John Ward is a co-founder of The Family Business Consulting Group, Inc., and is co-director of The Center for Family Enterprises at Northwestern University’s Kellogg School of Management (Chicago, USA) where he is Clinical Professor of Family Enterprises. Ward teaches and studies family enterprise continuity, ownership, governance and philanthropy.
The most recent HBR has the theme, “Are Investors Bad for Business?” (excerpt). Extraordinarily respected Clayton Christensen of HBS talks of how bad capital market theory is for innovation and job creation. Finance rations capital to a short term bias presuming capital is scarce. But it isn’t, Christensen asserts.
Family business capitalism sees the world differently. Families see capital as limited, but also embrace the long-term view. Families don’t decide as much by IRRs as by future scenarios. Limited capital sharpens the commitment, persistence, and agility necessary for sustainable success.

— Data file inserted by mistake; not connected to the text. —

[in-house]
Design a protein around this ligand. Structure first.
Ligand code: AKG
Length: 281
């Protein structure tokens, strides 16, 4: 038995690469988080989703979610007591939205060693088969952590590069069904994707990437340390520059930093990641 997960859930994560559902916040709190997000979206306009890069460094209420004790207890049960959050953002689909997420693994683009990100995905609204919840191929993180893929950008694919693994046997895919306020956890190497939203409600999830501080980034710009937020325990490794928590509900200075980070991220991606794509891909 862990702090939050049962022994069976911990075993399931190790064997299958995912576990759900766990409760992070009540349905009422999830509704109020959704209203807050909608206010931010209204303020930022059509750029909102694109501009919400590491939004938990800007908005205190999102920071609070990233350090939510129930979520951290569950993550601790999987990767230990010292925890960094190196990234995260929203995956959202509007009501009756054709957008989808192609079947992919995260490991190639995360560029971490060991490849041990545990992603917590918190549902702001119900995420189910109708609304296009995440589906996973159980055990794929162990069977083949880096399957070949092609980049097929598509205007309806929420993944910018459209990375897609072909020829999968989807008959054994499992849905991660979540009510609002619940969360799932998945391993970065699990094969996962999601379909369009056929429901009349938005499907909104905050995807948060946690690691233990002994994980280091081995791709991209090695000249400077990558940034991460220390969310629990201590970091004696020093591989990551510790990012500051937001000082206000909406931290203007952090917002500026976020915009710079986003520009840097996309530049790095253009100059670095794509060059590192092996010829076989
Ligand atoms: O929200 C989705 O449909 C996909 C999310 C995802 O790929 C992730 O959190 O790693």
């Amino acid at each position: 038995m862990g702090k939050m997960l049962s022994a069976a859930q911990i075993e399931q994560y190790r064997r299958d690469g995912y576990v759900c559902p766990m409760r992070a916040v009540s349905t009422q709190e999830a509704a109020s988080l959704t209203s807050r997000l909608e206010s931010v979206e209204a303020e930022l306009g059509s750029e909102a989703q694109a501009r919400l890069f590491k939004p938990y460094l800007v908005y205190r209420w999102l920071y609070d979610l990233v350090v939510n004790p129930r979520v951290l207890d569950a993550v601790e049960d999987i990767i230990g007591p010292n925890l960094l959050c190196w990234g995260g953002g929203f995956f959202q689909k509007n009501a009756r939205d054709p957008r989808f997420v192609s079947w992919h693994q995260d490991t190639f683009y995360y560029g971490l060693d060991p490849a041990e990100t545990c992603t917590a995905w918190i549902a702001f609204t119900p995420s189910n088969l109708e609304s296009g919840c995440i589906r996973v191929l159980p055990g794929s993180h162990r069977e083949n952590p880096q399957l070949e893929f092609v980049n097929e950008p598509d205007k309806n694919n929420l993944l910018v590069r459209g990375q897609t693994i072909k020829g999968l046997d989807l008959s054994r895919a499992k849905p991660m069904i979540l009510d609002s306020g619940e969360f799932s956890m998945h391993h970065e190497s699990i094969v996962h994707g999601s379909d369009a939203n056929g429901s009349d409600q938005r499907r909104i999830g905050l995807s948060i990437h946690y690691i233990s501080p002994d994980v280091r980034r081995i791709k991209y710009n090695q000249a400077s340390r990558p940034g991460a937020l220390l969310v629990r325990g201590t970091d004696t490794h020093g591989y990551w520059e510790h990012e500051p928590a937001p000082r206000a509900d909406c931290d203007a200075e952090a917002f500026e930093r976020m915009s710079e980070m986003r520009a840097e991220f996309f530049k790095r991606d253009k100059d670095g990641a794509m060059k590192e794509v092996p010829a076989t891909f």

For years I’ve thought that shareholder capitalism couldn’t escape its fundamental assumptions and elegant, even if wrong, orthodoxy. With Professor Christensen leading a different thesis I’m heartened we maybe see things differently. While that’s good for society, it also lessens the competitive advantage of business families. Or, maybe, business families are so innately good at this thinking that they are protected by years of experience.
It’s ironic. Just as the share value capitalism theory is facing critique by advocates, business families are losing confidence in their inherent advantages. They are increasingly being told by family business researchers that they compromise shareholder value too much for family continuity and comfort.